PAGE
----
Three-year-old Ever Hisko suffers from a condition that means she only needs around 90 minutes of sleep a night. For the parents, however, this is quite an ordeal.
Not getting enough sleep can be dangerous for most people. But getting too much sleep is also not a healthy choice and several studies have even been carried out over the years to determine just how much sleep the body really needs to stay healthy.
But Ever Hisko is different. The daughter of Robin Audette and Kirk Hisko from Regrew in the Canadian province Ontario suffers from a rare condition known as Angelman syndrome which means the three-year-old only needs around 90 minutes of sleep a night.
The child barely sleeps
This syndrome was triggered by a genetic abnormality in chromosome 15 in the brain. The symptoms, among other things, include not needing very much sleep at all - and women are affected by this even worse than men. The Audette-Hisko family hasn’t known that their child suffers from Angelman syndrome for very long but Ever has also shown other symptoms, such as not speaking for example, and as a result of this, she has to use sign language to communicate.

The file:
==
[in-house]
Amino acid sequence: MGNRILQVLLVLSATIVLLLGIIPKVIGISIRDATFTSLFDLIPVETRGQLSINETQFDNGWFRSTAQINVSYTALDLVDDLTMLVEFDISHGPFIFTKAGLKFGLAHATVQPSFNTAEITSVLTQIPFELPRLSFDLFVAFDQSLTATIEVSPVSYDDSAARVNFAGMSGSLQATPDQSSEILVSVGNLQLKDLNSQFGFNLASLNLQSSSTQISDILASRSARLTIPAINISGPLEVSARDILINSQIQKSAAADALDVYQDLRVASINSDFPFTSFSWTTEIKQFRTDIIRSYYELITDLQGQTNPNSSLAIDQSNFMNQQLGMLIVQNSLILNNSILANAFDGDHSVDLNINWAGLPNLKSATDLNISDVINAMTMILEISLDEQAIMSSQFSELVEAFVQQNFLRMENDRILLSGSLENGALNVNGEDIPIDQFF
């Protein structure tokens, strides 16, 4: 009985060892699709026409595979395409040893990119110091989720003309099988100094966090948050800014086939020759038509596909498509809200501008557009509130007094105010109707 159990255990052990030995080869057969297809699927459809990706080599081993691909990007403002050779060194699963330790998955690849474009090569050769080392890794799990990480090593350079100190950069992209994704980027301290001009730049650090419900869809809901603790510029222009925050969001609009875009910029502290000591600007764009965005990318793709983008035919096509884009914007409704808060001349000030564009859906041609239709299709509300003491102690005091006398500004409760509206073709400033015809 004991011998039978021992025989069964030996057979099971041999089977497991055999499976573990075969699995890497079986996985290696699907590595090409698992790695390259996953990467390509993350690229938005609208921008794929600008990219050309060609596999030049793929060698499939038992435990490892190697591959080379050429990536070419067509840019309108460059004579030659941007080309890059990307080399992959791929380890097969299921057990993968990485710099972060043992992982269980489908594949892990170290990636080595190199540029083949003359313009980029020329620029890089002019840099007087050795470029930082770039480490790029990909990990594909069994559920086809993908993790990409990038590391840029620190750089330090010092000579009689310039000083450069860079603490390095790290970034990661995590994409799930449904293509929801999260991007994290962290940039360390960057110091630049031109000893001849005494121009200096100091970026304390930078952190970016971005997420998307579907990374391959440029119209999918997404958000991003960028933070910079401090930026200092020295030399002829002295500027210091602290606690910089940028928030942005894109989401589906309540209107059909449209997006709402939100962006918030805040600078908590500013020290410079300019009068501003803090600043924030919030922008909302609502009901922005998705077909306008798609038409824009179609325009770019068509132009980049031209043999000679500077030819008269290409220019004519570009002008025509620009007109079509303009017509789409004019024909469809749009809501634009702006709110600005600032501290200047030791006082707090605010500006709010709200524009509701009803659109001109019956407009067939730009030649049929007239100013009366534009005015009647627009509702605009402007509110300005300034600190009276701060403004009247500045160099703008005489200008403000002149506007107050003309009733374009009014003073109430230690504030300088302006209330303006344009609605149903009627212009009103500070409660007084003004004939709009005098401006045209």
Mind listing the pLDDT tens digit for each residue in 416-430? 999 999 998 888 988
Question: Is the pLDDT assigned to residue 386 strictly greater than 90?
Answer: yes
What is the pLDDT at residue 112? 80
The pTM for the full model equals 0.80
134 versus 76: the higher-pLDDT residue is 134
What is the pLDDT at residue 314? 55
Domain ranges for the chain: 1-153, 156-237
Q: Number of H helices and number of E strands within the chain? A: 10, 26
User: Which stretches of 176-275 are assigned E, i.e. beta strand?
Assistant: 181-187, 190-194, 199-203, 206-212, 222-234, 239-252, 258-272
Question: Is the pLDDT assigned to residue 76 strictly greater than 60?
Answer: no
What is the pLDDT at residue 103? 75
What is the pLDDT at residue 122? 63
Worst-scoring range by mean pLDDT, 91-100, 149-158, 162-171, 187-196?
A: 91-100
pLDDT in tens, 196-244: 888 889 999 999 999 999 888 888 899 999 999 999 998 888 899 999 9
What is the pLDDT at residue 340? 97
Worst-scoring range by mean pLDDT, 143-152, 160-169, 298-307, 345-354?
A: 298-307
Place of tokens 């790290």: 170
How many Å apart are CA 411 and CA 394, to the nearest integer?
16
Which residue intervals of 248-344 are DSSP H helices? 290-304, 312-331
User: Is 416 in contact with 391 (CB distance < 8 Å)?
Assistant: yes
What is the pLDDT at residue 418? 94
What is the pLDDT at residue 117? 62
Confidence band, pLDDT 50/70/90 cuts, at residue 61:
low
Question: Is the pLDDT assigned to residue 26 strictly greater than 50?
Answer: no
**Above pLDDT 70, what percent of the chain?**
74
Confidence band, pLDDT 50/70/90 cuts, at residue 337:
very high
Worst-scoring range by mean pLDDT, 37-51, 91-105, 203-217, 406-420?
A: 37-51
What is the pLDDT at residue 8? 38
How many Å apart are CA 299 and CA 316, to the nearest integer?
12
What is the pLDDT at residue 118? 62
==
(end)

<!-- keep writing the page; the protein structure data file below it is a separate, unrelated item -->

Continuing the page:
Since she is still so small and consequently can’t be left on her own for very long at night, the parents take turns sleeping. This night watch means the parents only actually sleep for around six hours a night. The 35-year-old mother explained to the Daily Mail:
'If we can get four-six hours out of her then we’ve done good. But there are nights she wakes up after an hour and a half and she’s good to go for another six hours. We’ve kind of learnt to just roll with it. We’re only human and we need to sleep - but she doesn’t. It’s amazing, she can function with no sleep and still be happy.'
But the little girl really is a ray of sunshine. According to her mother, she doesn't understand or see that she is different from other children and does everything that her peers do whilst always being in a good mood.
Her parents were surprised when their daughter’s genetic and neurological disorder was diagnosed because they had never heard of it before. After all, this condition is extremely rare and only 12 to 20,000 people are estimated to be affected in the world.